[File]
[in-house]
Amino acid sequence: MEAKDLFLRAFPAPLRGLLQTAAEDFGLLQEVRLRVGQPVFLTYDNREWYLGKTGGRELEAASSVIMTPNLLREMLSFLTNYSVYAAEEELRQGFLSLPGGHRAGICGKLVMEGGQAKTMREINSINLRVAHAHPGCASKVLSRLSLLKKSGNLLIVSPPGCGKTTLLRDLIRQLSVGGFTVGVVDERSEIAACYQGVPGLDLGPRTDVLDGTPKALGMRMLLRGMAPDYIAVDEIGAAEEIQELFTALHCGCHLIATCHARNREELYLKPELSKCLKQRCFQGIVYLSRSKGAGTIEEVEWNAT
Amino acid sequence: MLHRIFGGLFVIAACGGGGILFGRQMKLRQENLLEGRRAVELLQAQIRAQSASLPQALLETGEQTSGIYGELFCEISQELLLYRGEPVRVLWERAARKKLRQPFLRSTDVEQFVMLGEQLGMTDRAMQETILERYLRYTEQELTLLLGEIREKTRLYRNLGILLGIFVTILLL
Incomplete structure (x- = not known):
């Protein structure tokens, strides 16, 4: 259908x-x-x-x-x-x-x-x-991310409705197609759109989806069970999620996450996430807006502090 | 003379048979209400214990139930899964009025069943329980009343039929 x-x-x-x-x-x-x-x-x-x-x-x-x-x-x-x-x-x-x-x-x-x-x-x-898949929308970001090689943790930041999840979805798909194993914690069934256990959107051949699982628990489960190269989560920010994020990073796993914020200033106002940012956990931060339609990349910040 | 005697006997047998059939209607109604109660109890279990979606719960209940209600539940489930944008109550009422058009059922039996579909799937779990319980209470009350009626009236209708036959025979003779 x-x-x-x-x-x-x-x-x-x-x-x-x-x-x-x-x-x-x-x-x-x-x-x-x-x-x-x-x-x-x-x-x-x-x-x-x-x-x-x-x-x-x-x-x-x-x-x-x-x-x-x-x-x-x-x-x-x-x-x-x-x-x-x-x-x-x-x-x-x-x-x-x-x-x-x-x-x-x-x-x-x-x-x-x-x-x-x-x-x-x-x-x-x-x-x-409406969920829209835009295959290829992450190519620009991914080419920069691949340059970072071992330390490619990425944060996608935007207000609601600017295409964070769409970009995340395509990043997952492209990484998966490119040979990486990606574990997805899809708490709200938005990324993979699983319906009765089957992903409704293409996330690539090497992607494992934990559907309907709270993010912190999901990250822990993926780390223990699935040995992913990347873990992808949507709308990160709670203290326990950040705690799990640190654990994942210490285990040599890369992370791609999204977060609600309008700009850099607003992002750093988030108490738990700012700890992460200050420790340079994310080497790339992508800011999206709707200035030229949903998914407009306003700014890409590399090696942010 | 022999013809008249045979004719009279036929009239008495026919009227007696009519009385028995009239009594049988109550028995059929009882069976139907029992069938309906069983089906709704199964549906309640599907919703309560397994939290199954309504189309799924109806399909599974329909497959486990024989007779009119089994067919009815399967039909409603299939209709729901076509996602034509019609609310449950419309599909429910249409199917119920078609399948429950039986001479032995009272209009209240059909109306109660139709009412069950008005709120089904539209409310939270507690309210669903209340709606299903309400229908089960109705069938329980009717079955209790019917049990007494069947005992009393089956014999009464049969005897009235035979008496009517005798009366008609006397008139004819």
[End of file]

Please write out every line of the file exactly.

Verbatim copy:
[in-house]
Amino acid sequence: MEAKDLFLRAFPAPLRGLLQTAAEDFGLLQEVRLRVGQPVFLTYDNREWYLGKTGGRELEAASSVIMTPNLLREMLSFLTNYSVYAAEEELRQGFLSLPGGHRAGICGKLVMEGGQAKTMREINSINLRVAHAHPGCASKVLSRLSLLKKSGNLLIVSPPGCGKTTLLRDLIRQLSVGGFTVGVVDERSEIAACYQGVPGLDLGPRTDVLDGTPKALGMRMLLRGMAPDYIAVDEIGAAEEIQELFTALHCGCHLIATCHARNREELYLKPELSKCLKQRCFQGIVYLSRSKGAGTIEEVEWNAT
Amino acid sequence: MLHRIFGGLFVIAACGGGGILFGRQMKLRQENLLEGRRAVELLQAQIRAQSASLPQALLETGEQTSGIYGELFCEISQELLLYRGEPVRVLWERAARKKLRQPFLRSTDVEQFVMLGEQLGMTDRAMQETILERYLRYTEQELTLLLGEIREKTRLYRNLGILLGIFVTILLL
Incomplete structure (x- = not known):
């Protein structure tokens, strides 16, 4: 259908x-x-x-x-x-x-x-x-991310409705197609759109989806069970999620996450996430807006502090 | 003379048979209400214990139930899964009025069943329980009343039929 x-x-x-x-x-x-x-x-x-x-x-x-x-x-x-x-x-x-x-x-x-x-x-x-898949929308970001090689943790930041999840979805798909194993914690069934256990959107051949699982628990489960190269989560920010994020990073796993914020200033106002940012956990931060339609990349910040 | 005697006997047998059939209607109604109660109890279990979606719960209940209600539940489930944008109550009422058009059922039996579909799937779990319980209470009350009626009236209708036959025979003779 x-x-x-x-x-x-x-x-x-x-x-x-x-x-x-x-x-x-x-x-x-x-x-x-x-x-x-x-x-x-x-x-x-x-x-x-x-x-x-x-x-x-x-x-x-x-x-x-x-x-x-x-x-x-x-x-x-x-x-x-x-x-x-x-x-x-x-x-x-x-x-x-x-x-x-x-x-x-x-x-x-x-x-x-x-x-x-x-x-x-x-x-x-x-x-x-409406969920829209835009295959290829992450190519620009991914080419920069691949340059970072071992330390490619990425944060996608935007207000609601600017295409964070769409970009995340395509990043997952492209990484998966490119040979990486990606574990997805899809708490709200938005990324993979699983319906009765089957992903409704293409996330690539090497992607494992934990559907309907709270993010912190999901990250822990993926780390223990699935040995992913990347873990992808949507709308990160709670203290326990950040705690799990640190654990994942210490285990040599890369992370791609999204977060609600309008700009850099607003992002750093988030108490738990700012700890992460200050420790340079994310080497790339992508800011999206709707200035030229949903998914407009306003700014890409590399090696942010 | 022999013809008249045979004719009279036929009239008495026919009227007696009519009385028995009239009594049988109550028995059929009882069976139907029992069938309906069983089906709704199964549906309640599907919703309560397994939290199954309504189309799924109806399909599974329909497959486990024989007779009119089994067919009815399967039909409603299939209709729901076509996602034509019609609310449950419309599909429910249409199917119920078609399948429950039986001479032995009272209009209240059909109306109660139709009412069950008005709120089904539209409310939270507690309210669903209340709606299903309400229908089960109705069938329980009717079955209790019917049990007494069947005992009393089956014999009464049969005897009235035979008496009517005798009366008609006397008139004819």